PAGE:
Skilled work­ers, prized by firms, harder to find

Daily Southtown - - BUSINESS - By Ka­tia Dmitrieva and Ly­dia Mul­vany

At CNH In­dus­trial’s fac­tory in Racine, Wis., work­ers are build­ing bright red Case IH trac­tors the com­pany’s known for, and they’ll sell for hun­dreds of thou­sands of dol­lars. But there’s some­thing even more valu­able on the assem­bly line — the em­ploy­ees.

CNH In­dus­trial, one of the world’s largest agri­cul­tural-equip­ment mak­ers, needs to in­crease its Racine work­force of more than 500 by 5 per­cent, and it’s prov­ing tough to do by the Jan­uary goal. They’re com­pet­ing with other big com­pa­nies with a lo­cal pres­ence, in­clud­ing Ama­, S.C. John­son & Son and Har­ley-David­son.

Man­age­ment has raised wages 6 per­cent for pro­duc­tion em­ploy­ees in Racine this year, and of­fi­cials are in talks with the United Au­to­mo­bile Work­ers union for fur­ther in­creases for skilled trades­peo­ple.

CNH In­dus­trial’s sit­u­a­tion shows why hourly earn­ings are likely to keep pick­ing up af­ter sur­pass­ing 3 per­cent for the first time in this ex­pan­sion, ac­cord­ing to fig­ures out last week.

A La­bor De­part­ment re­port Tues­day showed U.S. job open­ings fell in Septem­ber though re­mained near a record, ex­ceed­ing the num­ber of un­em­ployed peo­ple by 1 mil­lion. While em­ploy­ers hope to re­tain and at­tract work­ers with bet­ter ben­e­fits such as ex­tra va­ca­tion days, money may be talk­ing louder.

“We’ve seen a tight la­bor mar­ket for a while, but it seemed like em­ploy­ers were do­ing ev­ery­thing they pos­si­bly could be­sides rais­ing wages,” said Sarah House, se­nior econ­o­mist at Wells Fargo. “It seems that hasn’t been enough. They’re start­ing to re­al­ize, ‘Hey, we just need to pay up a lit­tle bit more.’ ”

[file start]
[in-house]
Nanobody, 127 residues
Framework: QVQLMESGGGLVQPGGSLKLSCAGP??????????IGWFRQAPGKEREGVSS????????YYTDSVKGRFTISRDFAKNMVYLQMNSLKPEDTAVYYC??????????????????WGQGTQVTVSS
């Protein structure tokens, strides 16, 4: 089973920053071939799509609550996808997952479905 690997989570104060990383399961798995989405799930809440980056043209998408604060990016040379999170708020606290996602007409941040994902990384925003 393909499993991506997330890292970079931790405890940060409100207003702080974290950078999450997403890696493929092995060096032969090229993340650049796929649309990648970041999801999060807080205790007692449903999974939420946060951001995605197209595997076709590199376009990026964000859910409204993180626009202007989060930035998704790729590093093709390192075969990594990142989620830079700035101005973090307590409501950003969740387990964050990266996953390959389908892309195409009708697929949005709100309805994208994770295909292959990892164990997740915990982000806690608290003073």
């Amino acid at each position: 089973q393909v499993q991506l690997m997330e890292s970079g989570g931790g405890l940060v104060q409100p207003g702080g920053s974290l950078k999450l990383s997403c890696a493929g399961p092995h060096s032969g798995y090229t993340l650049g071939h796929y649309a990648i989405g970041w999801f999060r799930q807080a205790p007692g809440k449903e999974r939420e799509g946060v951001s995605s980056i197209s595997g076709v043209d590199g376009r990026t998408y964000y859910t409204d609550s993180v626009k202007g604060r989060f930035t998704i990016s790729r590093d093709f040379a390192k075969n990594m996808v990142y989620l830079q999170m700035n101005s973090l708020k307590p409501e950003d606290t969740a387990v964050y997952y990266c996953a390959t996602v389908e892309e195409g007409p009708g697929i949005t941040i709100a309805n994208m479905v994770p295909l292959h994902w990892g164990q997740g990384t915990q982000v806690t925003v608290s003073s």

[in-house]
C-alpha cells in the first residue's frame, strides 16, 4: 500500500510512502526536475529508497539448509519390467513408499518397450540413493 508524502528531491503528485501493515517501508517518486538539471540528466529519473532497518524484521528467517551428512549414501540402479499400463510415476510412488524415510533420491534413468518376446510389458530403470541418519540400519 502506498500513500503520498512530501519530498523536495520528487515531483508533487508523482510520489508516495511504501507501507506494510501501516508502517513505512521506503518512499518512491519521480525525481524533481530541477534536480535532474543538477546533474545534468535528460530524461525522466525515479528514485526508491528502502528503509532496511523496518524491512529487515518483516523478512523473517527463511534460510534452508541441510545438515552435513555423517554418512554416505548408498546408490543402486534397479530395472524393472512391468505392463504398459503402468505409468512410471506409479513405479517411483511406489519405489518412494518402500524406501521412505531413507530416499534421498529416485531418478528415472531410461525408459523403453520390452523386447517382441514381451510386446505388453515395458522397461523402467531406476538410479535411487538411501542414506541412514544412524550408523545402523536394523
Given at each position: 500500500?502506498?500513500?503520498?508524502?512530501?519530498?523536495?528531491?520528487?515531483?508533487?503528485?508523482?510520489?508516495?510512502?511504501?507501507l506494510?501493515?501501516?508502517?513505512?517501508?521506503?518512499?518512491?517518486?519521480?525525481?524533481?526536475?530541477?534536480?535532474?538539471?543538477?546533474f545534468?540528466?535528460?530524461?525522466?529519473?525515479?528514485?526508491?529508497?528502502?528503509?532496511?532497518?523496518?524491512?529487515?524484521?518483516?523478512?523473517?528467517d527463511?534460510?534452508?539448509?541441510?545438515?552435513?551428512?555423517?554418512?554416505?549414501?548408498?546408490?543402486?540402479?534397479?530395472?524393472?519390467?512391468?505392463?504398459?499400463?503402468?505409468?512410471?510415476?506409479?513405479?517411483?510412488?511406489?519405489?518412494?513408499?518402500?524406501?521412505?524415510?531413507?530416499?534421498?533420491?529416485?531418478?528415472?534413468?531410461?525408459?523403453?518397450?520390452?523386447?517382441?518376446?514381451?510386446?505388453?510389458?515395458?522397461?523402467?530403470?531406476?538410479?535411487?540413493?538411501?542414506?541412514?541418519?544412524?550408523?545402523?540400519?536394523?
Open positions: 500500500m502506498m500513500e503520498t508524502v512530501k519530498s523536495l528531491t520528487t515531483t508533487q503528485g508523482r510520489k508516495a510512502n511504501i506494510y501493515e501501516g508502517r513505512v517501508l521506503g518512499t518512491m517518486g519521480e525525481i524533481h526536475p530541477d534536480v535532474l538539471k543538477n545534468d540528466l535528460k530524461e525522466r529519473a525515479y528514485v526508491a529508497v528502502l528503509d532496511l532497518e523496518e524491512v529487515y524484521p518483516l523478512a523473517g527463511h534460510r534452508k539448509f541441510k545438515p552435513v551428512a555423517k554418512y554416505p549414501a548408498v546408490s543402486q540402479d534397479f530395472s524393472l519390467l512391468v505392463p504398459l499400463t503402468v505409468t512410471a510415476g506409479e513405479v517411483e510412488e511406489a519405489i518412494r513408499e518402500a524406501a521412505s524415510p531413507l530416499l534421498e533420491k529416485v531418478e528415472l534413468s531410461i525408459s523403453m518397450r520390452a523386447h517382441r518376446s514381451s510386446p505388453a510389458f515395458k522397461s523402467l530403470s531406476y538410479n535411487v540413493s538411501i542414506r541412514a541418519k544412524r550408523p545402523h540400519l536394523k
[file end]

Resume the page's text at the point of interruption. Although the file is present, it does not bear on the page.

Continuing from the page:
The 7 mil­lion job open­ings re­ported for Septem­ber was 1.05 mil­lion more than the num­ber of un­em­ployed U.S. work­ers. Those num­bers lag the La­bor De­part­ment’s closely watched jobs re­port by a month; Fri­day’s fig­ures showed the un­em­ploy­ment rate held in Oc­to­ber at 3.7 per­cent, the low­est since 1969.

CNH In­dus­trial, based in the U.K., is in par­tic­u­lar need of skilled can­di­dates: Each trac­tor is highly cus­tom­ized, and the tools of­ten re­quire ad­vanced train­ing and ex­pe­ri­ence.

Aside from wages, they’re still but­ter­ing up em­ploy­ees with perks — the Racine plant’s hu­man re­sources man­ager, Su­san Prey-Fobes, says she and her col­leagues re­cently grilled 600 burg­ers to feed work­ers for lunch.

Mak­ing em­ploy­ees feel val­ued is “as much a part of this frenzy on re­cruit­ing as any­thing else,” she said by phone.

An­other lo­cal chal­lenge comes from Fox­conn Tech­nol­ogy Group, the Tai­wanese iPhone as­sem­bler that’s build­ing its first ma­jor U.S. fa­cil­ity near Racine. The Wall Street Jour­nal re­ported Tues­day that Fox­conn is con­sid­er­ing bring­ing in Chi­nese engi­neers to help staff the plant be­cause it’s prov­ing dif­fi­cult to find work­ers in the U.S.

Cor­po­ra­tions have flagged the worker short­age in sur­veys. A Fed­eral Re­serve Beige Book sur­vey re­leased last month cited anec­dotes of firms be­ing so strapped for work­ers that they’re con­sid­er­ing ro­bots and hav­ing dif­fi­culty fill­ing shifts.


CNH In­dus­trial, a farm-equip­ment maker, needs to in­crease its Racine work­force.

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